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Program Description

Just the Facts

Immunology. A program that focuses on scientific study of the biological mechanisms involved in the pathogenesis of disease, host-pathogen interactions, and host response to disease. Includes instruction in antigen and antibody structure and function, effector mechanisms, receptors, histocompatibility, host-pathogen recognition, disease modeling, autoimmune systems, antibody formation, cytotoxic responses, regulation of immune response, virulence determinants, intercellular signaling, immunosuppression, immunotherapy, immunogenetics, disease markers, transplantation, antibody humanization, and microbial pathogenesis.

This program is available in these options:

  • Bachelor's degree
  • Master's degree
  • Doctoral degree

High School Courses

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Additional Information

Students in virology and immunology programs work at finding medication and vaccines for fatal diseases like AIDS as well as less serious ones like the common cold.

Dr. Robert Garry is a professor of virology at Tulane University Medical Center. He says immunology and virology are related but slightly different fields.

Virology focuses on viruses, which invade living cells in order to reproduce. Immunology, on the other hand, is the study of the immune system's response to viruses and other invaders, or to abnormal or damaged cells.

Most programs are offered at the master's level. But some colleges and universities do allow undergraduate students to specialize in immunology or virology, rather than general biology.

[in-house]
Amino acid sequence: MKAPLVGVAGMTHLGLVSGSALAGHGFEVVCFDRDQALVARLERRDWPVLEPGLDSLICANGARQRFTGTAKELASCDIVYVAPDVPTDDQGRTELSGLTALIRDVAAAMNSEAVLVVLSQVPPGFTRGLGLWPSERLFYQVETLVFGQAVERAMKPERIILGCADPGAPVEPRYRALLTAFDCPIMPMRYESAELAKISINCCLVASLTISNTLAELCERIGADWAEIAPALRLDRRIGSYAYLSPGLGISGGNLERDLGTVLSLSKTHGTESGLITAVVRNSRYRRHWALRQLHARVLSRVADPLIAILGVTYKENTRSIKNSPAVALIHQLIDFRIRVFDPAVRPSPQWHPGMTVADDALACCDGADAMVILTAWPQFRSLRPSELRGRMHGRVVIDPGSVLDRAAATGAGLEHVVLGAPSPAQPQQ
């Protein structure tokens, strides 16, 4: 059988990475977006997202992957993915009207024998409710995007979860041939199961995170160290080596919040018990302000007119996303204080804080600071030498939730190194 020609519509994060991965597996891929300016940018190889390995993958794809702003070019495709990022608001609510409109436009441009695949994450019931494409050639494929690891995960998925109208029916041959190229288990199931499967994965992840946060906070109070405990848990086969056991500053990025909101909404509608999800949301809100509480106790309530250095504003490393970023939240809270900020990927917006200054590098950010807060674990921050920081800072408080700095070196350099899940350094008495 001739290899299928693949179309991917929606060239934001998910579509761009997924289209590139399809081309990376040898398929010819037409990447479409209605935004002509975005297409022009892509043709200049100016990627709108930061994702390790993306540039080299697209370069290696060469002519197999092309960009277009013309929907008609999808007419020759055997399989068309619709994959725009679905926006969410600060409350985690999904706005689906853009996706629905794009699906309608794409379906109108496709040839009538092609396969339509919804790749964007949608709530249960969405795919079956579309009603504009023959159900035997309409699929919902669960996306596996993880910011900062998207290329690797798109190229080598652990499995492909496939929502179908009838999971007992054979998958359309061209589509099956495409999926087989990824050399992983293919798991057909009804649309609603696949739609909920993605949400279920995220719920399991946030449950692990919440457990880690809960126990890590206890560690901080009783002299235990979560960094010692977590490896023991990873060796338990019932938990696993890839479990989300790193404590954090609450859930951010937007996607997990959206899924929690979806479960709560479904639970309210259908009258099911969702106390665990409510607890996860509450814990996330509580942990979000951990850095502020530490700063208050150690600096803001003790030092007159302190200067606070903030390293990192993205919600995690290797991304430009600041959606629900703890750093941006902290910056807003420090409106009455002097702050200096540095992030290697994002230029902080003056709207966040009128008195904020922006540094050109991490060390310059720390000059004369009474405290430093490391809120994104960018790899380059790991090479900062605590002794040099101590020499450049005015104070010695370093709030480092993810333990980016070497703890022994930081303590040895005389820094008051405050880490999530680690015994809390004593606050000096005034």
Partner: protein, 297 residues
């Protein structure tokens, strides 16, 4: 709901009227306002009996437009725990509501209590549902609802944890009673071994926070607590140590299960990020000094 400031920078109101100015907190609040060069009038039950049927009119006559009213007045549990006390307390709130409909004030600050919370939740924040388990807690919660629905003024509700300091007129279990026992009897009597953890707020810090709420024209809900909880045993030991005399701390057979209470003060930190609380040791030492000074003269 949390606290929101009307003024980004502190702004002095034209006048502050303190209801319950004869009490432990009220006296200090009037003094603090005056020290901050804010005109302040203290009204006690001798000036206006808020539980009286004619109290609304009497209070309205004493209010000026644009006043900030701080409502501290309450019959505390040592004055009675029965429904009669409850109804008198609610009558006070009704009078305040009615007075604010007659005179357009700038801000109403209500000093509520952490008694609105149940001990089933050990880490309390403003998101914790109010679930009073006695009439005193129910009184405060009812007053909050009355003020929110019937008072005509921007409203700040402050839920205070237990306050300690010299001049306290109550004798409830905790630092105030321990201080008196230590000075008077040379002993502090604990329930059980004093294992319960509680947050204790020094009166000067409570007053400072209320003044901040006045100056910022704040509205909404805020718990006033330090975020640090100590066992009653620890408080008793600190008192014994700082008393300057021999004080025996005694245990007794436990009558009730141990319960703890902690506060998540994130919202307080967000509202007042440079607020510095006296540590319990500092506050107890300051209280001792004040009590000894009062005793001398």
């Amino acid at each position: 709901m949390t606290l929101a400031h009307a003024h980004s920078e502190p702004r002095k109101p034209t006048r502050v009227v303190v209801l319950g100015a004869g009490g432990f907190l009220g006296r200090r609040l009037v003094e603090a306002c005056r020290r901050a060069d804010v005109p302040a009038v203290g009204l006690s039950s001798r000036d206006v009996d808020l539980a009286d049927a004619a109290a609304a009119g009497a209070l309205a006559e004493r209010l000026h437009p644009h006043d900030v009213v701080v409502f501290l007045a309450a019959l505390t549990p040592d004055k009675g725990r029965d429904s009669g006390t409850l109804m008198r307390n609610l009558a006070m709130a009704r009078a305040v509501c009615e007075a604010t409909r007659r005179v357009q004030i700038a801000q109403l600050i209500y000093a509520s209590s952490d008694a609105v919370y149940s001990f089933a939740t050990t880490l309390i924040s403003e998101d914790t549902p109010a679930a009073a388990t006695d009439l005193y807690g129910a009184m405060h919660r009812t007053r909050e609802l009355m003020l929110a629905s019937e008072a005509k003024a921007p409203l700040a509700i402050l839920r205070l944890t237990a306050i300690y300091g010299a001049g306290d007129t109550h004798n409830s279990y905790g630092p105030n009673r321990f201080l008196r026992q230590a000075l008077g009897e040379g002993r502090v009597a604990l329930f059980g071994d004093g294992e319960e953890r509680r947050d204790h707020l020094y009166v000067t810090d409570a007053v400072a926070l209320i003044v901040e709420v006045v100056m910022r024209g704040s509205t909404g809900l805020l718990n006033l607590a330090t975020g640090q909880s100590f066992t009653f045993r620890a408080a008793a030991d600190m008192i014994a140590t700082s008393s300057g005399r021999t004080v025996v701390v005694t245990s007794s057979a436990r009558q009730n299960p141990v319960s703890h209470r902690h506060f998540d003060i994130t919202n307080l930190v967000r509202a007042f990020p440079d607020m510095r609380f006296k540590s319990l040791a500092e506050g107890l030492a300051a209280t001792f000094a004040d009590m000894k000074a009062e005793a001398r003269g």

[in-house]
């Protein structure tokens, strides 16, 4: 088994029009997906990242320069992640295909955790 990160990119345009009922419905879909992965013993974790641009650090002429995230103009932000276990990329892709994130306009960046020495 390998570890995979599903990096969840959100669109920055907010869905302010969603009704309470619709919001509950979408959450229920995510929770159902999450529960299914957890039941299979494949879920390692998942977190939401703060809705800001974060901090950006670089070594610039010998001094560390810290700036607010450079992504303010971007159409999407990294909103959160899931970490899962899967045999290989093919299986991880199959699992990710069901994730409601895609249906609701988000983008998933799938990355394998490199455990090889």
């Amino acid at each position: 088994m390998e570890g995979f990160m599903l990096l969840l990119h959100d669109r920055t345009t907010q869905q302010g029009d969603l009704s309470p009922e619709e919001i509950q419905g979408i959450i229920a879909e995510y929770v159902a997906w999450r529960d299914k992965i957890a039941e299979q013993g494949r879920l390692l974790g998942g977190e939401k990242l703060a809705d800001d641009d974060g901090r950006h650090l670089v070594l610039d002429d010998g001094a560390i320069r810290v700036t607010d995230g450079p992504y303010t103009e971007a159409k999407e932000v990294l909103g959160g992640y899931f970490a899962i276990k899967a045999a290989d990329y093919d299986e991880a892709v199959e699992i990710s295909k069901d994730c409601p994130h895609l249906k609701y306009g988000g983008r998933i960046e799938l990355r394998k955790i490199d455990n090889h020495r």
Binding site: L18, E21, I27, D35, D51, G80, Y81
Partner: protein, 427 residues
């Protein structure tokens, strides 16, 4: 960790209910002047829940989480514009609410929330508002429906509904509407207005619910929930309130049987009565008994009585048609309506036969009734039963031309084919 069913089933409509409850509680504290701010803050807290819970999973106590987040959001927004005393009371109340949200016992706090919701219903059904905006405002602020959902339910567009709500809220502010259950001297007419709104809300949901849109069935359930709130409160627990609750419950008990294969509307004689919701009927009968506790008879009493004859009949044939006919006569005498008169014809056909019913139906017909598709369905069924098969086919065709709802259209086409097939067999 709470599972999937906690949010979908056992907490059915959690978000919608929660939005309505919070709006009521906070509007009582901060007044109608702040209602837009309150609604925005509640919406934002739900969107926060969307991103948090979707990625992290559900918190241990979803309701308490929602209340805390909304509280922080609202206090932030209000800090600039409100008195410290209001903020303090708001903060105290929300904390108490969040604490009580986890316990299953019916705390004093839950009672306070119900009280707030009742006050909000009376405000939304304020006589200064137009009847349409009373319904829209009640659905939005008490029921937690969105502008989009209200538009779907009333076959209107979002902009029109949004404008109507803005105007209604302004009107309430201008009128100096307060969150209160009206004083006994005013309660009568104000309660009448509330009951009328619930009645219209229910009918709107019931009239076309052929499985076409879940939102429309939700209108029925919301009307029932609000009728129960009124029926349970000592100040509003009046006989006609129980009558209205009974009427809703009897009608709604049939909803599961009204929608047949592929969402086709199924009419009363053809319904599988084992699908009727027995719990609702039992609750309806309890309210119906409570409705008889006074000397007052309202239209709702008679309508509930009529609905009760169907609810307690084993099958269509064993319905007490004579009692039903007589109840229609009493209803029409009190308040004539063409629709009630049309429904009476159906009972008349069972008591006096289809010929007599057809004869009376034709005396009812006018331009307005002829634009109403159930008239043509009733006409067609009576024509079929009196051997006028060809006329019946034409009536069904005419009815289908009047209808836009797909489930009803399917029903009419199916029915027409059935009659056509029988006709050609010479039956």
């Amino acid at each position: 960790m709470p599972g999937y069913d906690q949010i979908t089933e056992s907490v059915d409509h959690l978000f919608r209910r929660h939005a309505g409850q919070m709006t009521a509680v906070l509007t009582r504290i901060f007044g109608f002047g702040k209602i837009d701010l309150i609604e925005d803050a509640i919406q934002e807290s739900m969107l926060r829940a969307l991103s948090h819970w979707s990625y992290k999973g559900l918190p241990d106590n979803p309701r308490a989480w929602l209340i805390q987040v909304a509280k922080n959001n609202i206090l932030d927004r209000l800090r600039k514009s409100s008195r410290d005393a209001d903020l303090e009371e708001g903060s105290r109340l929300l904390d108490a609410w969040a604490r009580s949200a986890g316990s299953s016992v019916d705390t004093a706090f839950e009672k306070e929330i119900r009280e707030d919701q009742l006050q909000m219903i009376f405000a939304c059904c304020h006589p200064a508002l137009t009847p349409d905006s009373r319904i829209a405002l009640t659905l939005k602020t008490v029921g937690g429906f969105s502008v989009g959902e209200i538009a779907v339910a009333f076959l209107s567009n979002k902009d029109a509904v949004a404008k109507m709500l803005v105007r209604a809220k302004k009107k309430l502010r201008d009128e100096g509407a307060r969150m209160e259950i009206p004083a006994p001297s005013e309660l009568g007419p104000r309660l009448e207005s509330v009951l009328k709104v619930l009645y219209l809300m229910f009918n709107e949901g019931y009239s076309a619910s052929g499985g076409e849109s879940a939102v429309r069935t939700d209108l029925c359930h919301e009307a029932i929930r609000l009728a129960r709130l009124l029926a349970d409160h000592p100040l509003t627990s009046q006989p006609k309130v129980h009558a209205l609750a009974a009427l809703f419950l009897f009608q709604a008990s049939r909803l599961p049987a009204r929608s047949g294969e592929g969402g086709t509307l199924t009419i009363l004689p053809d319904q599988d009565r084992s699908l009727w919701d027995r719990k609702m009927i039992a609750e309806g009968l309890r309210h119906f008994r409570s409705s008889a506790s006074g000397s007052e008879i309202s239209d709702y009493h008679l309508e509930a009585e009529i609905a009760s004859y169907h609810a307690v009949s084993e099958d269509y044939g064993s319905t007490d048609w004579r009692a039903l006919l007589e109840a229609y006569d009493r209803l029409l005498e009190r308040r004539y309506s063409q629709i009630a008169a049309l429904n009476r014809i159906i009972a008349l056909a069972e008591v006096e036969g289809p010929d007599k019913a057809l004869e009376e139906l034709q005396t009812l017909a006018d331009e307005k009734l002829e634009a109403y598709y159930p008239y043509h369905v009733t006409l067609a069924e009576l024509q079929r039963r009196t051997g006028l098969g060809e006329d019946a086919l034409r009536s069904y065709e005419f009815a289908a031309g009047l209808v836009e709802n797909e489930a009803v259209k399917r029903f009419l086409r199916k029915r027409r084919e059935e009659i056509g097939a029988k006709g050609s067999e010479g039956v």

If the program is offered at a graduate level, you'll need an undergraduate degree in biology or microbiology. In most cases, an interview, a medical examination and letter of recommendation are also required for acceptance.

You can take this as either a science or a medical degree. Most programs are found in schools of medicine, departments of microbiology or departments of molecular microbiology and immunology.

Dr. Linda Gooding is a virology professor at Emory University. She says a good immunology or virology program will include classes in biochemistry, micro and cellular biology, immunology, virology and infectious disease.

"Students are required to do extensive research and to write a PhD or master's thesis based on this research," she says.

In the first year of graduate work, students spend a lot of time in class. Toward the end of the program, they work 50- to 60-hour weeks in a lab doing research and writing their thesis.

Immunology and virology are not for everyone. This field involves long hours in the lab.

"In addition to being a good student, one must have worked in a lab on an undergraduate level," says Gooding. "The reason we do that is because this is a demanding profession and we want to know going into it that the students know what they are getting themselves into."

In high school, take all the math and science you can. "Basic biology and chemistry are the most important areas to focus on," says Garry.

"Science clubs and fairs at the high school and college levels are likely to involve a lot of students interested in virology and immunology," he adds. "Volunteering at hospitals, AIDS hospices, cancer centers or treatment facilities are other opportunities."


Occupational Outlook Handbook
For more information related to this field of study, see: Biological Scientists

GradSchools.com Biology (Immunology, Microbiology, Virology)
Listing of graduate biomedical science programs worldwide

American Institute of Biological Sciences
Resource for research, education and policy-making news and information


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